Selection and characteristics of eligible studies
According to the inclusion and exclusion criteria, a total of 14 studies [14, 16-19, 24-32] were deemed eligible for this meta-analysis (Figure 1 detailed the study selection process). Among them, 8 studies investigated only the Arg264Cys polymorphism [14, 16-18, 24-26, 28], 5 studies explored only the (TTTA)n repeat polymorphism[19, 29-32], and 1 study focused on both polymorphisms. The main characteristics of these studies are listed in Supplementary Table 1 (see Additional file 1) and Supplementary Table 2 (see Additional file 2). The NOS scores were equal or greater than 5 for all included publications.
Association between the CYP19A1 Arg264Cys polymorphism and PCa risk
Nine studies (7 case-control studies and 2 nested case-control studies), which recruited a total of 11,824 patients and 11,368 control subjects, addressed the relationship between the Arg264Cys polymorphism and PCa (see Supplementary Table 1)[14, 16-18, 24-28]. These studies enrolled Caucasians (4 studies), Asians (2 studies), Indians (1 study), African-Americans (1 study), and subjects of mixed ethnicities (1 study). One study employed intervention measures that might confer PCa risk; therefore, only data in the placebo arm were considered . In 2 studies, genotype distributions in the control groups deviated from HWE [14, 18]. Controls were hospital-based (HB) in 3 studies, population-based (PB) in 5 studies, and both HB and PB in 1 study. One study merely recruited cases with a family history of PCa in a first-degree relative , 1 study described the ratio of familial cases in all participants , while the remaining 7 studies did not provide information about family history.
The overall pooled results and subgroup analyses are listed in Table 1. Neither the T allele nor the TT genotype was associated with PCa in the overall population, Caucasians, or Asians. Subgroup analyses could not be performed for African-Americans, Indians, or mixed ethnicities since each of these ethnicities was included only in one study. Thus, although both the CT and CT+TT genotypes were significantly related to PCa risk in Indians in the work of Onsory, these results should be treated cautiously. Subgroup analysis stratified by the source of controls was also conducted (Figure 2). When PB controls were considered, no evident association was found between the Arg264Cys polymorphism and PCa in any genetic model. Nevertheless, an association between the Arg264Cys polymorphism and PCa was observed under the dominant model (CT+TT vs. CC: OR=1.35, 95%CI=1.02-1.78, P=0.04) (Figure 2) and heterozygous model (CT vs. TT: OR=1.40, 95%CI=1.04-1.88, P=0.03) in the HB subgroup. Subgroup analysis could not be accomplished for the PB+HB subgroup since only one study included PB+HB controls.
Association between the CYP19A1 (TTTA)n repeat polymorphism and PCa risk
Six studies (5 case-control studies and 1 nested case-control study) which recruited a total of 1488 cases and 1621 controls were analyzed (see Supplementary Table 2)[19, 27, 29-32]. Three of them were conducted in Asians, 1 each in Caucasians,Indians and subjects of mixed ethnicities. The repeat numbers ranged from 7 to 14, but the 9-repeat allele was not detected in 4 studies [29-32] , and the 14-repeat allele was identified only in 1 study . Thus, the 7-, 8-, and 10-13-repeat alleles were considered in this meta-analysis. Soni and coworkers  did not find 10, 11, and 13 repeats either in patients or in controls, so that their study could not be included in the analysis of these three alleles. For the same reason, the study of Tang  was not used in the analysis of the 13-repeat allele.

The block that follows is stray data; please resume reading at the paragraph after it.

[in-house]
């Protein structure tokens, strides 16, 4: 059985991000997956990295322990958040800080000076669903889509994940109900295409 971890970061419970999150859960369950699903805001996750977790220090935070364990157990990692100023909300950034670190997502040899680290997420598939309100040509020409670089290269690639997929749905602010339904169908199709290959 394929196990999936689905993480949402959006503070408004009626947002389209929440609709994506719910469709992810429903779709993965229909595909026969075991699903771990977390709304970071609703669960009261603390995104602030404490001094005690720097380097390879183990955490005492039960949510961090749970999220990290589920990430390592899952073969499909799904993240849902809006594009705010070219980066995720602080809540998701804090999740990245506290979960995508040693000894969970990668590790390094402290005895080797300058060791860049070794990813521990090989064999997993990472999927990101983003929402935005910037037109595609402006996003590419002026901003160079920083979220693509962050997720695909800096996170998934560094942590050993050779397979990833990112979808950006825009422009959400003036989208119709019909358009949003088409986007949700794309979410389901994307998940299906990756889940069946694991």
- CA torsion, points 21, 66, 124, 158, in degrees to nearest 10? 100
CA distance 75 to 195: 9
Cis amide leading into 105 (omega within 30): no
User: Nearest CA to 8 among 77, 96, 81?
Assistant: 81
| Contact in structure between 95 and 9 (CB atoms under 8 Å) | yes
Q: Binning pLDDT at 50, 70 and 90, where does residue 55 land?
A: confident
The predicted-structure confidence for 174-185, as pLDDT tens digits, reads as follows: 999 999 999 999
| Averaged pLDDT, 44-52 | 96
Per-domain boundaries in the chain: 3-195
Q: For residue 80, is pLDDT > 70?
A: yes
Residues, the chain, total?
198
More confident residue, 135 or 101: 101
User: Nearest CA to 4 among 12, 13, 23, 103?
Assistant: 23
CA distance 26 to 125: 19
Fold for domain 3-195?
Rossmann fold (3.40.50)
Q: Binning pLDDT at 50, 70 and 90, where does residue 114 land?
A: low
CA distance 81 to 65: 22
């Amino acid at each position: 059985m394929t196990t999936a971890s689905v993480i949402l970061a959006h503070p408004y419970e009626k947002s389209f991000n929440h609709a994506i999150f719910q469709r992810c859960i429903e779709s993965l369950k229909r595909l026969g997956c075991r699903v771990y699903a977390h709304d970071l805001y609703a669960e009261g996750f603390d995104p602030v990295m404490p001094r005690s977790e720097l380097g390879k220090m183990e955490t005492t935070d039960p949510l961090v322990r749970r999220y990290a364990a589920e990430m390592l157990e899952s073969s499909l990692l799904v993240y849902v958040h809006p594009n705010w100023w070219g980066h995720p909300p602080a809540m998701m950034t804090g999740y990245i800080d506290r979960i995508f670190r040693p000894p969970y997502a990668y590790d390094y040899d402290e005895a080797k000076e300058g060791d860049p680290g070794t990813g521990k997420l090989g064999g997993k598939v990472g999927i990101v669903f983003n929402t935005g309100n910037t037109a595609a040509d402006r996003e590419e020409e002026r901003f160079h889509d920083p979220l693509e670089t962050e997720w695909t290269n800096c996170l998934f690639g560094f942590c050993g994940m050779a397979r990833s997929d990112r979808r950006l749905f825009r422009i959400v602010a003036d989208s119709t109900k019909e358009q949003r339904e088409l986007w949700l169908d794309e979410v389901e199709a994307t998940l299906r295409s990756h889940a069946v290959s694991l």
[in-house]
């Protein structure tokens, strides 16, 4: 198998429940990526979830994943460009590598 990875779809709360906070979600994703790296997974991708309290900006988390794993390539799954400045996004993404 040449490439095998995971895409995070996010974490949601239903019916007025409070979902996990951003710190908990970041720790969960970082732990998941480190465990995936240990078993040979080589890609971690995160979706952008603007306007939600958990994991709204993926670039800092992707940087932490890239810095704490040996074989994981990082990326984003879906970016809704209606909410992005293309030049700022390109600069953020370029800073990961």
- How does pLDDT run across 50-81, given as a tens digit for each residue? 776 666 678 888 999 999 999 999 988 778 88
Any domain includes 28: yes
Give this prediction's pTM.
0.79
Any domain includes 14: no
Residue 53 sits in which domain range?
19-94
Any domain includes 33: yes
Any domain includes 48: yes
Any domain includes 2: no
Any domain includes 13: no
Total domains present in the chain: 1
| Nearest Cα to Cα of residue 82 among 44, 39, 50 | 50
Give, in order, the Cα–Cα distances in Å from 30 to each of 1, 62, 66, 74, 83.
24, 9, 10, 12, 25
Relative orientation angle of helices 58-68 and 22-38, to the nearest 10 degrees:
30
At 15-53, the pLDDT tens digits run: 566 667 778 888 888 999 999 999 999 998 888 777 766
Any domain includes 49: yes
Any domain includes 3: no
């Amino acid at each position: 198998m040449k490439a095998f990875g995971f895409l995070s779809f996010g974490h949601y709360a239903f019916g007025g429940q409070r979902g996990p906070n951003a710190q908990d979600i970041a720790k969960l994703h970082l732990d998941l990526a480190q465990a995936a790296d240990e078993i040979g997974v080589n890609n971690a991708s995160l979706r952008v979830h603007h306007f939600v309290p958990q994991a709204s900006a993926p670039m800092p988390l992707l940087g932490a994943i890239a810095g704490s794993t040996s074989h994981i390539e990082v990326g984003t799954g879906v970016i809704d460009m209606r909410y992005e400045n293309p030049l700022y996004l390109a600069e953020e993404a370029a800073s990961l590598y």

The pooled results are listed in Table 2. Only the 8-repeat allele was significantly associated with the risk of PCa in the overall population (OR=1.34, 95%CI=1.14-1.58, P=0.001) (Figure 3), while all the other alleles appeared not related to the overall PCa risk. Among the 6 studies addressing the 8-repeat allele, 1 was performed in Caucasians, 3 in Asians, 1 in Indians, and 1 in subjects of mixed ethnicities. Therefore, subgroup analysis only applied to Asians and yielded a non-significant result (OR=1.27, 95%CI=0.88-1.85, P=0.17). Although the study conducted in subjects of mixed races concluded that the 8-repeat allele increased the risk of PCa (OR=1.41, 95%CI=1.09-1.82, P=0.01), the results based on one study should be treated cautiously due to low statistical power . In the subgroup analysis based on the source of controls, the 8-repeat allele was a risk factor of PCa in the PB subgroup (OR=1.41, 95%CI=1.13-1.74, P=0.002) (Figure 3).
Heterogeneity and Sensitivity Analysis
Although there was considerable heterogeneity among the studies on the two polymorphisms (Table 1 and Table 2), sensitivity analysis showed that the synthetic results were not materially altered by omitting any single study, indicating the stability of the results (Figure 4 and Figure 5).
Begg’s funnel plots did not reveal any evidence of obvious asymmetry in studies on the Arg264Cys polymorphism (Figure 6), and Egger’s test with P>0.05 further verified the absence of publication bias (Table 1). For the (TTTA)n repeat polymorphism, Begg’s funnel plots and Egger’s test indicated the absence of publication bias except for the 7-, 8- and 13-repeat alleles (P<0.05; Table 2).